Helping your child love football, one game, nacho plate at a time


Well, that little experiment didn’t work out.

I’m talking about the one in which I mold my daughter — from her first breath on — into becoming a passionate, die-hard football fan, the kind who paints their face, who chest bumps other fans, who chugs beer, or in this case, strawberry Juicy-Juice.

She was going to know and love the game while dominating her preschool’s fantasy football league.

And if her preschool didn’t have a league, she was going to start one and take all the other kids’ money. (“Mommy! Marilee Beauregard took my shoes as collateral. What’s a vig?”)

That’s why I’ll never believe those child development specialists who preach that gender differences are a result of environment.

I did everything I could to twist her environment to match my tastes. I even took her to a Broncos game — three months before she was born.

Granted, it’s probably not healthy for your six-month pregnant wife to be surrounded by 75,000 loud, drunk maniacs, but we were just following our pre-birth bucket list.

You parents out there know how it goes: When you’re expecting, every other parent you meet suggests (and sometimes demands) that you as a couple complete a litany of fun items (like going to movies, eating out, etc.) while you can before the baby comes, after which (they warn) you’ll spend all your time at home having someone pee on you.

So I took Marie to one last Broncos game B.K. (Before Kids). Why not? Those pregnancy books claim that singing to your unborn child helps, so I figured some Mile High magic, or at least a few chants of “IN-COM-PLETE,” would infiltrate the womb. And it may have if I were the one pregnant.

Instead, all our daughter inherited from the pre-natal road trip was my wife’s love of nachos and Dip-N-Dots.

Once my daughter arrived, I dressed her in orange and blue onesies. During bottle feedings, we’d watch NFL Live on ESPN. And later on she’d wear the Broncos cheerleader outfit I got for her, which is more than I can say for her mother.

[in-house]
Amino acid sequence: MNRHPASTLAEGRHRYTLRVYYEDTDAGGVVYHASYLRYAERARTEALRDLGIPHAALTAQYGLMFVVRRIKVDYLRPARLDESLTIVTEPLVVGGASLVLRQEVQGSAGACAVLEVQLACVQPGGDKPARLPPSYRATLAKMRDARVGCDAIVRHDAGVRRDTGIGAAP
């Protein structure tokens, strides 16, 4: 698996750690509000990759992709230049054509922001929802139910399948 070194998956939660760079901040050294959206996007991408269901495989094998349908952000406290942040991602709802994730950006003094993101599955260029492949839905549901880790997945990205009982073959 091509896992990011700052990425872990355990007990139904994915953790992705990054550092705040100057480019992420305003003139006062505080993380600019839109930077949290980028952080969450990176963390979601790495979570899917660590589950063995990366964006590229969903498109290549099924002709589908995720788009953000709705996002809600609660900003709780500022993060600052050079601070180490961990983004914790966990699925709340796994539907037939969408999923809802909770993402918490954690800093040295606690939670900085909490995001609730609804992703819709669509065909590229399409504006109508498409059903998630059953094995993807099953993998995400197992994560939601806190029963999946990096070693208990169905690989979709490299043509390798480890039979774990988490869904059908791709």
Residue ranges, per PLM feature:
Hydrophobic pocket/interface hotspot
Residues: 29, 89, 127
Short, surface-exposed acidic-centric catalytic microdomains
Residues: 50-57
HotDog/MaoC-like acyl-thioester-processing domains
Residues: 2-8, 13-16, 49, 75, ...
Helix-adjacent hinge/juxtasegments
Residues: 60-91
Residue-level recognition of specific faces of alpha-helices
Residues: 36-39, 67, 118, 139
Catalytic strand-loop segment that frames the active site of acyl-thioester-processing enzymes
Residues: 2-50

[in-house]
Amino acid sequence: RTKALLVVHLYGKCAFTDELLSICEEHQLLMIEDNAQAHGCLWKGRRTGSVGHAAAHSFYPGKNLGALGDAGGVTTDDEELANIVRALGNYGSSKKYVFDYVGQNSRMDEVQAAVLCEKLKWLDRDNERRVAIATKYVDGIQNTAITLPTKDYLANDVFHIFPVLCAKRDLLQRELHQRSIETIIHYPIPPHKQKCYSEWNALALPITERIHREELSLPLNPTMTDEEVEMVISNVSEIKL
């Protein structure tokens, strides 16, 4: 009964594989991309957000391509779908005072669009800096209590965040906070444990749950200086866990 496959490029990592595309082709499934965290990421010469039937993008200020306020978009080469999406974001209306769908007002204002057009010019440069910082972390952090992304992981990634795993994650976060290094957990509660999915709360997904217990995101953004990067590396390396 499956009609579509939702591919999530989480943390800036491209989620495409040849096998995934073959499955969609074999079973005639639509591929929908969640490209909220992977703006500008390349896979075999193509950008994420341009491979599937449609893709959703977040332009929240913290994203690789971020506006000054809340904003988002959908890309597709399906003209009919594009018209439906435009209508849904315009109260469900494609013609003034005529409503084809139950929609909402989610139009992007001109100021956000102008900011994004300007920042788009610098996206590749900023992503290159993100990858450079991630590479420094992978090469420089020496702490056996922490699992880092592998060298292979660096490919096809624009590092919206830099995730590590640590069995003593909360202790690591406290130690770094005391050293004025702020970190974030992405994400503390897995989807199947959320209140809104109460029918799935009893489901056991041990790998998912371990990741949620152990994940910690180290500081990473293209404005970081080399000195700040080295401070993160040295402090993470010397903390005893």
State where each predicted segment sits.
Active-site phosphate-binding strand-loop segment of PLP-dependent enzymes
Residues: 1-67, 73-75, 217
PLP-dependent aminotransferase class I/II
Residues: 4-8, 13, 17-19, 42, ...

Perhaps I was in denial, but until last week, I thought there was still a bit of hope for a future in which we’d bond over football.

We were driving home when I told her the first preseason game was coming up and we should watch it.

“I don’t like football,” she said. “I like princesses.”


It’s difficult to truly express the pain I felt when hearing those words. I liken it to your wife coming home from work and saying, “I don’t love you. I love Jerry in accounting.”

It’s not fair. She owes me. God knows I’ve had to sit there and watch the endless hours of crap she loves.

Yet she refuses to sit for even a couple of series of one game, when I’ve had to endure so many viewings of “The Little Mermaid” that I now support commercial overfishing of mermaids.

She doesn’t like football. OK. Sometimes you have to accept your children as they are and love them unconditionally.

Of course I’m joking.

You need to force them to be what you want them to be.

Which is why I lied to her. “Cinderella LOVES football!” I said. But she knows that’s not true. We’ve watched Cinderella and both sequels over 50 times each, and there’s never a scene where she and Prince Charming are plopped down in front of a 52-inch screen with a bucket of hot wings.

So four years of endless brainwashing and propaganda efforts have failed miserably. Despite our ideological similarities, I’d be a horrible Nazi.

Still, I think I can turn the tide and get her to sit down and enjoy the games with me. If she’s not willing to do it voluntarily, I may have to pull out the secret weapons:

Nachos and Dip-N-Dots.

Reach Steve at


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